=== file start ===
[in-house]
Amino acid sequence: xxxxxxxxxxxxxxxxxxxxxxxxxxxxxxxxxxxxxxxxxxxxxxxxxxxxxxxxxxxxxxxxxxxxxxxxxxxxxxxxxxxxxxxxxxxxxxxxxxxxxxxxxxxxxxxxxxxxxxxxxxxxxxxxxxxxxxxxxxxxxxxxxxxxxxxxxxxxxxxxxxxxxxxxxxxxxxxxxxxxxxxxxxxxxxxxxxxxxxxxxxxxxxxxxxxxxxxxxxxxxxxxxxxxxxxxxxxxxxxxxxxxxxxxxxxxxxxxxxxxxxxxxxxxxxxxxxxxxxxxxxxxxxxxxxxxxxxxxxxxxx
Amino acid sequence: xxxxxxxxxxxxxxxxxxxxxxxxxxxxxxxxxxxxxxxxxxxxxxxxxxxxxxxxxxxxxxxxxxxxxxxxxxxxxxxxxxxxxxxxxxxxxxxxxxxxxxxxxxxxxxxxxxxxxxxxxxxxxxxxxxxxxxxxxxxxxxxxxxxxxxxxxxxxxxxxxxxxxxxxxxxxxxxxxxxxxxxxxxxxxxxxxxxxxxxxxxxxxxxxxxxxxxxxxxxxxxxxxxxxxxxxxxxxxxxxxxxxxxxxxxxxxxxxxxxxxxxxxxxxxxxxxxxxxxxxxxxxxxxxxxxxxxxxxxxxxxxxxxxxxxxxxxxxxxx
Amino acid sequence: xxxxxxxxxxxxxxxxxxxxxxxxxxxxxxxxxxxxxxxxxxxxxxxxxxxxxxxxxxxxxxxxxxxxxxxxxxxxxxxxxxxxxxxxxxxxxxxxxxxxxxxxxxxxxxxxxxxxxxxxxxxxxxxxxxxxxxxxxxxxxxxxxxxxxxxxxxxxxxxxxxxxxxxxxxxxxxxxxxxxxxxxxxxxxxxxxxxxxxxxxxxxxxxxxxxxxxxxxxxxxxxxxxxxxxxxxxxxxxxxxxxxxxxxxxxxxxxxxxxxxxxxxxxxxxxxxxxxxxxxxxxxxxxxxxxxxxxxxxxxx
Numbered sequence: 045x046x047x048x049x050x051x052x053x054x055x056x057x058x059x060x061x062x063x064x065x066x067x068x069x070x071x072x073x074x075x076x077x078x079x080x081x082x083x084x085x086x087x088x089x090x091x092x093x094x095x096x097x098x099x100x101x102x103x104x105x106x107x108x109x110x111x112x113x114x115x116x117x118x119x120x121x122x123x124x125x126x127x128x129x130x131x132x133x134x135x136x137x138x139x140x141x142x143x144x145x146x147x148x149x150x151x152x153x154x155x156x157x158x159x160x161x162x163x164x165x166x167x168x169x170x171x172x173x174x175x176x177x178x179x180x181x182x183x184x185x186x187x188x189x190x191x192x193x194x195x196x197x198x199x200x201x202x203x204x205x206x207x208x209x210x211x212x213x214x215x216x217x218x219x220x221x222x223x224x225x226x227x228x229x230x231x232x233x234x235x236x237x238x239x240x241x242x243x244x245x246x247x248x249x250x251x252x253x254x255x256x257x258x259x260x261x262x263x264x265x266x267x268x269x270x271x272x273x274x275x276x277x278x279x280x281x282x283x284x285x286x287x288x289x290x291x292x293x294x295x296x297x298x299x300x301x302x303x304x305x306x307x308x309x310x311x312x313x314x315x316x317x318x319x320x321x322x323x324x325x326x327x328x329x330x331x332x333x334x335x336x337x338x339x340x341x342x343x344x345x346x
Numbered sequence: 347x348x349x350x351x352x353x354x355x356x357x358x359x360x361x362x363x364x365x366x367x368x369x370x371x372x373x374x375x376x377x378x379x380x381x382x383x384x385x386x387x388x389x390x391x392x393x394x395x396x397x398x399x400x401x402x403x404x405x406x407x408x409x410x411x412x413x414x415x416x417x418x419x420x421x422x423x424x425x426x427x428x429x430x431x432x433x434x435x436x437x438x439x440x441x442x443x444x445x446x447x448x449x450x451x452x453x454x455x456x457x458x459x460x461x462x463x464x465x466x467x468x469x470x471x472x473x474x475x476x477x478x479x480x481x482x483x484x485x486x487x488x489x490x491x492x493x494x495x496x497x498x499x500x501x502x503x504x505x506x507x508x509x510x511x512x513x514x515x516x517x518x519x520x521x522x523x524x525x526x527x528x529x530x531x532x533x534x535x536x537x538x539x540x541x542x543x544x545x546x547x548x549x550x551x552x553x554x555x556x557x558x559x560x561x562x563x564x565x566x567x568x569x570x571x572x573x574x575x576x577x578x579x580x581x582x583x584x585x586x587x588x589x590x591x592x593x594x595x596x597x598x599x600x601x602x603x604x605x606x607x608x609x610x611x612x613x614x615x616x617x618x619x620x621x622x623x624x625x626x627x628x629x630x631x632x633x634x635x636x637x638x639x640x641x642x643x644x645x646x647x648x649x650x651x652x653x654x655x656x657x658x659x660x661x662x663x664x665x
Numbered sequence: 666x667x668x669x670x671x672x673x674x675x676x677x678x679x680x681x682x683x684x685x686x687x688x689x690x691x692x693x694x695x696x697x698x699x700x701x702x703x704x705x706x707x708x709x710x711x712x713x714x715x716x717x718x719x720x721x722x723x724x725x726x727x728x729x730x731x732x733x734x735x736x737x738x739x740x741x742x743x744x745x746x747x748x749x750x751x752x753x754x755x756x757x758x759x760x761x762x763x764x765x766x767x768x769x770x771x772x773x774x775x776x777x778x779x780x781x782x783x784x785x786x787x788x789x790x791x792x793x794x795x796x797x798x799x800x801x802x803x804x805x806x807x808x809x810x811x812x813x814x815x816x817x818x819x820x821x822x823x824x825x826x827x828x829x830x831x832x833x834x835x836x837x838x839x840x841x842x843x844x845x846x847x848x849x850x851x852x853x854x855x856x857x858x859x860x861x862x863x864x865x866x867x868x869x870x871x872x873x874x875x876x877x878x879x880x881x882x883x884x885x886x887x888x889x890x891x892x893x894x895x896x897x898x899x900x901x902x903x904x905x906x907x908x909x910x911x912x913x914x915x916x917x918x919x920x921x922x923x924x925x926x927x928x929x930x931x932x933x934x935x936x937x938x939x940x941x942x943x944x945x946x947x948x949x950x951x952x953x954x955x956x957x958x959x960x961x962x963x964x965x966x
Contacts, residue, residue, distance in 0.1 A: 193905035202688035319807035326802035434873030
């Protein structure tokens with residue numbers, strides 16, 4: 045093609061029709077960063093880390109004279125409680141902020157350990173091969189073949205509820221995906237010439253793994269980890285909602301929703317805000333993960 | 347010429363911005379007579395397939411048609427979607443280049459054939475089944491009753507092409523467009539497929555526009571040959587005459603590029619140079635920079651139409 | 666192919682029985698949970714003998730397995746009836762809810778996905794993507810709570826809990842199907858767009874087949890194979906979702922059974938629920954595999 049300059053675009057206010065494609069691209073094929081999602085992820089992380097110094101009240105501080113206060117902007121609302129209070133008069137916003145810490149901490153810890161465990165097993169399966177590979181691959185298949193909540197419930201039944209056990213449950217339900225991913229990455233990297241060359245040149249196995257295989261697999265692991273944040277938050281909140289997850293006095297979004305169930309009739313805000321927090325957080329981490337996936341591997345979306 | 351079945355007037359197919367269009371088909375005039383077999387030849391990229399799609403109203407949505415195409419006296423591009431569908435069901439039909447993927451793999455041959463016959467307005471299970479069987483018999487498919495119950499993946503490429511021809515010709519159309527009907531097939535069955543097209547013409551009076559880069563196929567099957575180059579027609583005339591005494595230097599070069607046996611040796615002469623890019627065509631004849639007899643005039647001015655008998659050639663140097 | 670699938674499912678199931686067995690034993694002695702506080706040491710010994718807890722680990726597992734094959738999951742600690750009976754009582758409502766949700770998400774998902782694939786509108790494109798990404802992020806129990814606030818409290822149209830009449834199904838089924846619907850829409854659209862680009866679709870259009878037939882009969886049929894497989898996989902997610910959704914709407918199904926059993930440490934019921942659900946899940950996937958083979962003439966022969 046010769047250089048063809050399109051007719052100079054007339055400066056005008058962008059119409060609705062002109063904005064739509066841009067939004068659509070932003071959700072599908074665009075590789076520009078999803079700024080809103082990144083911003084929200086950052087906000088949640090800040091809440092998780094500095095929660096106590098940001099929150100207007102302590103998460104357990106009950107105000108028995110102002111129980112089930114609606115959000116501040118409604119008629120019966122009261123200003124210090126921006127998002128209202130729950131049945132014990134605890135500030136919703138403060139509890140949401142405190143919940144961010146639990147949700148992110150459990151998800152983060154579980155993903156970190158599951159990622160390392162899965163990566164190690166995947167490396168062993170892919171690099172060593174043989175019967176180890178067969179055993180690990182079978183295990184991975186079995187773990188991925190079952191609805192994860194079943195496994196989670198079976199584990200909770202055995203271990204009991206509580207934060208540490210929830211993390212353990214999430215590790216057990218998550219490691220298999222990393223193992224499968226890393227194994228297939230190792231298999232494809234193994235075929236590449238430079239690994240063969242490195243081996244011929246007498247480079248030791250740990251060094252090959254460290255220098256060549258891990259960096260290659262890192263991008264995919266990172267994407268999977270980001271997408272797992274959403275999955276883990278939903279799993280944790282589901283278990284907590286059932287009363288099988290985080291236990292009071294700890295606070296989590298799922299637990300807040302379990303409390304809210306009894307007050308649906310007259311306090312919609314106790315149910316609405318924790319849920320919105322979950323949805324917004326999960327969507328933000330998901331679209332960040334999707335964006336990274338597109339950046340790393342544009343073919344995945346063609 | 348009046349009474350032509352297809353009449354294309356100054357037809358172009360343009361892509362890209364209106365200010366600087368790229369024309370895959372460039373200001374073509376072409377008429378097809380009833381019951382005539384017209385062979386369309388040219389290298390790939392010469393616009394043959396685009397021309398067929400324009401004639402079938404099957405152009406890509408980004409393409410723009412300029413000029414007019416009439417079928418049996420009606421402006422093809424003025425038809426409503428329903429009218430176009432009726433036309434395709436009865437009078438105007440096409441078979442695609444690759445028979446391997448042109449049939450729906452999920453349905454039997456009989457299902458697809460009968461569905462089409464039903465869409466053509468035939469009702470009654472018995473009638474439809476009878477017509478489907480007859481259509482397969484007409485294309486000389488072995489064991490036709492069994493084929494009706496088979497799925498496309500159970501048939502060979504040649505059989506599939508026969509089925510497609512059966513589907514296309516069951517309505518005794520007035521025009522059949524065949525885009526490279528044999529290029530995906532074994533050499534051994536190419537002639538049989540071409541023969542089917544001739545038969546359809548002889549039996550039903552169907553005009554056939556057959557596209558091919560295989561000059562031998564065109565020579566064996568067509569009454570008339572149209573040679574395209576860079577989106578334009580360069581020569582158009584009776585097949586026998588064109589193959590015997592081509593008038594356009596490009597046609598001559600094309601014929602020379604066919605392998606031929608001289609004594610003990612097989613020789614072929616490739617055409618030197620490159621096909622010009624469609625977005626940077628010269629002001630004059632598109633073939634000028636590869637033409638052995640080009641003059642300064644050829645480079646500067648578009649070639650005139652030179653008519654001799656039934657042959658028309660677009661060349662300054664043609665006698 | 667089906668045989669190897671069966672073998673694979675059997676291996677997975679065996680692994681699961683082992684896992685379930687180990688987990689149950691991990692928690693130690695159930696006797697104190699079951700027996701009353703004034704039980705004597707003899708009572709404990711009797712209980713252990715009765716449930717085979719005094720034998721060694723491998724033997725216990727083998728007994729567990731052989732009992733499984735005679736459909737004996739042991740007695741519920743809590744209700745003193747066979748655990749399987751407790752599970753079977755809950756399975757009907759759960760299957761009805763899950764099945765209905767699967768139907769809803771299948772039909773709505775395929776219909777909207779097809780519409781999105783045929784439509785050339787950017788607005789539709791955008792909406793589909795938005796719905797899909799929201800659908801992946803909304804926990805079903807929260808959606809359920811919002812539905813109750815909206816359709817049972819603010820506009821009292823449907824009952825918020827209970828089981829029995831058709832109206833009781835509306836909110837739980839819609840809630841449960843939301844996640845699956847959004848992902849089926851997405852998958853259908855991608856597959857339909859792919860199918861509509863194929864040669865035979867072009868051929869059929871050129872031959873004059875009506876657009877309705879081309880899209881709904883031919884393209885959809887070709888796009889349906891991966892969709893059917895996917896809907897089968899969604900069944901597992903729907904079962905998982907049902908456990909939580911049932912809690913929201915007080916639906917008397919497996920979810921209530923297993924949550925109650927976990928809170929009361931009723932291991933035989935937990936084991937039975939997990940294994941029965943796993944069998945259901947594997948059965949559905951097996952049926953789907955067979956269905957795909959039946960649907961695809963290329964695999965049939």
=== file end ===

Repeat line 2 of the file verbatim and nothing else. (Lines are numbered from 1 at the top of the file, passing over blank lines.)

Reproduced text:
Amino acid sequence: xxxxxxxxxxxxxxxxxxxxxxxxxxxxxxxxxxxxxxxxxxxxxxxxxxxxxxxxxxxxxxxxxxxxxxxxxxxxxxxxxxxxxxxxxxxxxxxxxxxxxxxxxxxxxxxxxxxxxxxxxxxxxxxxxxxxxxxxxxxxxxxxxxxxxxxxxxxxxxxxxxxxxxxxxxxxxxxxxxxxxxxxxxxxxxxxxxxxxxxxxxxxxxxxxxxxxxxxxxxxxxxxxxxxxxxxxxxxxxxxxxxxxxxxxxxxxxxxxxxxxxxxxxxxxxxxxxxxxxxxxxxxxxxxxxxxxxxxxxxxxx